Atlanta’s plans to increase participation in its recycling program caught some Buckhead residents by surprise.
The problem was, the city inadvertently delivered some new 96-gallon carts to people who already had them. District 8 Atlanta City Councilwoman Yolanda Adrean said residents called her wanting to know what to do with the extra carts.
Public Works Department spokeswoman Valerie Bell-Smith said the error rate is 1 percent, or 685 duplicates out of 65,000 carts delivered. The city’s contractor picks up the extras for free. The large blue cans are replacing smaller, rectangular 18 gallon bins.
The bins are part of the city’s CARTLANTA program, designed to boost recycling numbers city-wide.
Since people are taking notice, it’s worth taking a moment to reintroduce the city’s program.
“Initial data is showing vast improvements in our recycling program due to the new carts in terms of cost savings from waste diversion to the landfills, and added revenue from increased recyclables,” Bell-Smith said.
Since the city began delivering the carts in October, recycling increased from a collection of 1,079 tons to 1,403 tons. Customers using the carts don’t have to sort one recyclable material from another, such as putting paper and plastic in a separate bin. Customers can use the bins for cans, plastic, glass, plastic containers and different kinds of paper including, cardboard and magazines.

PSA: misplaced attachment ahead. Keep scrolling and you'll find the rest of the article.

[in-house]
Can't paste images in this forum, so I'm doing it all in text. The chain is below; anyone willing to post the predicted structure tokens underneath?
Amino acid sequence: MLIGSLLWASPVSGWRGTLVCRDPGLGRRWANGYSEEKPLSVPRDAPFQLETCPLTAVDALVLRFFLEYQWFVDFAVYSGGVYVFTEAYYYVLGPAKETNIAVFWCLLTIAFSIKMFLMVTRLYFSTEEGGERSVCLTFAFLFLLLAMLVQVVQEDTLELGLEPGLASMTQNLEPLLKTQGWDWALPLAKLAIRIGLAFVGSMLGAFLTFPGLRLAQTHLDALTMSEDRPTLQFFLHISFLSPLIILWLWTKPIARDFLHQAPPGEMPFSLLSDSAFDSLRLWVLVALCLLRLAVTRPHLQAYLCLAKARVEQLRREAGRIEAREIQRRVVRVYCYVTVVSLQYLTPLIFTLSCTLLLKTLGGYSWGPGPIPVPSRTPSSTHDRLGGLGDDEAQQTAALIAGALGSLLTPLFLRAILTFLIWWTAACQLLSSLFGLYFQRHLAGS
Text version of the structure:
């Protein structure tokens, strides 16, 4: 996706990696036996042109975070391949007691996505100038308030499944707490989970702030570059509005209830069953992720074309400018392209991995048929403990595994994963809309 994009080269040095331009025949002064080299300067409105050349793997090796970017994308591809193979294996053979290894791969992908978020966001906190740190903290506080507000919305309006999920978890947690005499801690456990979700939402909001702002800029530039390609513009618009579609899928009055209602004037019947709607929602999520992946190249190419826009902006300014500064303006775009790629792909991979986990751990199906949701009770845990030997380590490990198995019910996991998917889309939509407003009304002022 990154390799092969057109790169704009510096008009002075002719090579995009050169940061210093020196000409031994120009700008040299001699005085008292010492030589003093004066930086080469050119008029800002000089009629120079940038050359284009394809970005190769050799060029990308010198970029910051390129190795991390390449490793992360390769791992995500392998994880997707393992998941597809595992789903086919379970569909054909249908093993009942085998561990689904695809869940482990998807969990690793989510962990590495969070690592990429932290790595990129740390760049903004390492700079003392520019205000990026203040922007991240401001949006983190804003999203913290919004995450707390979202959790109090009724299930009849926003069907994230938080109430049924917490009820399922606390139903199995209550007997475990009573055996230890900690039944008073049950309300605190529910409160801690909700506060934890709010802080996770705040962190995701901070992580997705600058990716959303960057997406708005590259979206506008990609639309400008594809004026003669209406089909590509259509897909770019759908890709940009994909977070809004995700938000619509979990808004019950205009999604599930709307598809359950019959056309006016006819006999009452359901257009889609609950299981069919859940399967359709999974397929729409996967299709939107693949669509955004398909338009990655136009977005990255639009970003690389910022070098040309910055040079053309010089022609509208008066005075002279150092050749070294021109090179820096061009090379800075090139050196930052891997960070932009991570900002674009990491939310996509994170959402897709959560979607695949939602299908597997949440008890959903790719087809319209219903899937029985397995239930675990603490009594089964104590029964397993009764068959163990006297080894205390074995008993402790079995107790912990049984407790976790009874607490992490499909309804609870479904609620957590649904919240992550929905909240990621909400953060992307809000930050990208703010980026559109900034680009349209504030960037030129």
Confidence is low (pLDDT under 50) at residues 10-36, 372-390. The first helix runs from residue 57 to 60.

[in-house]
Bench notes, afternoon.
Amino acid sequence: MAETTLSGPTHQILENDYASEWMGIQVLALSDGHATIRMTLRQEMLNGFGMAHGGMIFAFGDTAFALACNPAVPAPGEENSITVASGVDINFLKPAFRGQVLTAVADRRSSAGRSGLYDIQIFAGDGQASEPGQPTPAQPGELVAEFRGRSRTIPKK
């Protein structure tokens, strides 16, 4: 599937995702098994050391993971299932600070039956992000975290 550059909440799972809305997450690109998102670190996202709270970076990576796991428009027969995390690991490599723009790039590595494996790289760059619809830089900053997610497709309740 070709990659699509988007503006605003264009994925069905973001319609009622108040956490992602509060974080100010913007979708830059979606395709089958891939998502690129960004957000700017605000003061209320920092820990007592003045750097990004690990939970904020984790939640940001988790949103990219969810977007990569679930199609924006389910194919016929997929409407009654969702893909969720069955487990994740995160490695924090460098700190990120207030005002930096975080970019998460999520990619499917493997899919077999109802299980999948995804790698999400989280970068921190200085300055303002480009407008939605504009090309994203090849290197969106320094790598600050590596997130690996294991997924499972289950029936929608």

Adrean said the city’s recycling rate needs to improve. Adrean said some families already had the carts under a pilot program or because they had purchased them independently.
“The city is completely committed to increasing our recycling rate,” Adrean said. “It’s at an abysmal 30 percent rate and we should at least double that.”
Keeping trash out of landfills will also save the city in fees to deposit trash in landfills. The Public Works department said the city spent $7 million on such fees last year, paying $29 per ton delivered to the landfill.
CARTLANTA’s frequently asked questions for customers notes that the city wasted $7 million worth of recyclable material last year.
Delivery of the new carts in northwest Atlanta ended this month. According to the Public Works Department, the carts cost $2 million and delivery cost $270,000. The money is budgeted in the city’s Solid Waste Enterprise Fund.
The program has created 18 jobs, the city says, and recycling capacity has increased from 4 million gallons to 9.2 million gallons.
Adrean said the city also has a backyard service for senior citizens. Anyone older than 70 or who has a physical disability can request garbage workers pick up trash cans placed just outside their homes.
“If you’re a senior citizen and the bin is too damn heavy, they’ll go and do it for you,” Adrean said. “Call 404-330-6333 and say, ‘I’m 70 years old, please pick it up.’”
Tom Gordon, President of the Ardmore Park Neighborhood Association, said there hasn’t been too much confusion around his neighborhood about the new bins and residents like the program so far.
“I think it’s a good one, actually. It saves money in the long run,” Gordon said. “For that matter, if you consider how much recyclable material people throw away, it gives you more cubic feet of stuff you can get rid of.”